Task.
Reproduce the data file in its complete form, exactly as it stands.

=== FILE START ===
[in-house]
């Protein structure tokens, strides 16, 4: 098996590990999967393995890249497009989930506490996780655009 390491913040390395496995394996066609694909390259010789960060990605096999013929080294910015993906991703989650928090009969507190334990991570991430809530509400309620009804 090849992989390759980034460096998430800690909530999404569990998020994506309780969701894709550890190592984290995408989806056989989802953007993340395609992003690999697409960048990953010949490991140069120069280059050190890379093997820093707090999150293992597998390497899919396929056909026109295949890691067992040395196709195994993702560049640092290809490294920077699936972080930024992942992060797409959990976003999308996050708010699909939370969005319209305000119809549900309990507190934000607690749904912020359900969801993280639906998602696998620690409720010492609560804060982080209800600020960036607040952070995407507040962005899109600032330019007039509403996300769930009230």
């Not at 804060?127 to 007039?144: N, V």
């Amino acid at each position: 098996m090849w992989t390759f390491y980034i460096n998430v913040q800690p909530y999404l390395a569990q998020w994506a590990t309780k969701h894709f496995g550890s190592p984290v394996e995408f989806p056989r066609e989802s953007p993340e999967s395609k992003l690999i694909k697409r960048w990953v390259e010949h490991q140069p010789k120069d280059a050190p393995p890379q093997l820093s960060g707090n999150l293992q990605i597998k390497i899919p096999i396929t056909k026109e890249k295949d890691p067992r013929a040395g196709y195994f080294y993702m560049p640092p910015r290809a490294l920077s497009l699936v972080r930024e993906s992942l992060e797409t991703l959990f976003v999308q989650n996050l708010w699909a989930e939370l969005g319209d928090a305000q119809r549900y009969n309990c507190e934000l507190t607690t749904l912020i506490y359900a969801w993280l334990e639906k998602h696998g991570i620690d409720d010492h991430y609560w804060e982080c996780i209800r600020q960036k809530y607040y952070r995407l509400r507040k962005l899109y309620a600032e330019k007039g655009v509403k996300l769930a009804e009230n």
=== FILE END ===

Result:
[in-house]
């Protein structure tokens, strides 16, 4: 098996590990999967393995890249497009989930506490996780655009 390491913040390395496995394996066609694909390259010789960060990605096999013929080294910015993906991703989650928090009969507190334990991570991430809530509400309620009804 090849992989390759980034460096998430800690909530999404569990998020994506309780969701894709550890190592984290995408989806056989989802953007993340395609992003690999697409960048990953010949490991140069120069280059050190890379093997820093707090999150293992597998390497899919396929056909026109295949890691067992040395196709195994993702560049640092290809490294920077699936972080930024992942992060797409959990976003999308996050708010699909939370969005319209305000119809549900309990507190934000607690749904912020359900969801993280639906998602696998620690409720010492609560804060982080209800600020960036607040952070995407507040962005899109600032330019007039509403996300769930009230």
């Not at 804060?127 to 007039?144: N, V």
């Amino acid at each position: 098996m090849w992989t390759f390491y980034i460096n998430v913040q800690p909530y999404l390395a569990q998020w994506a590990t309780k969701h894709f496995g550890s190592p984290v394996e995408f989806p056989r066609e989802s953007p993340e999967s395609k992003l690999i694909k697409r960048w990953v390259e010949h490991q140069p010789k120069d280059a050190p393995p890379q093997l820093s960060g707090n999150l293992q990605i597998k390497i899919p096999i396929t056909k026109e890249k295949d890691p067992r013929a040395g196709y195994f080294y993702m560049p640092p910015r290809a490294l920077s497009l699936v972080r930024e993906s992942l992060e797409t991703l959990f976003v999308q989650n996050l708010w699909a989930e939370l969005g319209d928090a305000q119809r549900y009969n309990c507190e934000l507190t607690t749904l912020i506490y359900a969801w993280l334990e639906k998602h696998g991570i620690d409720d010492h991430y609560w804060e982080c996780i209800r600020q960036k809530y607040y952070r995407l509400r507040k962005l899109y309620a600032e330019k007039g655009v509403k996300l769930a009804e009230n």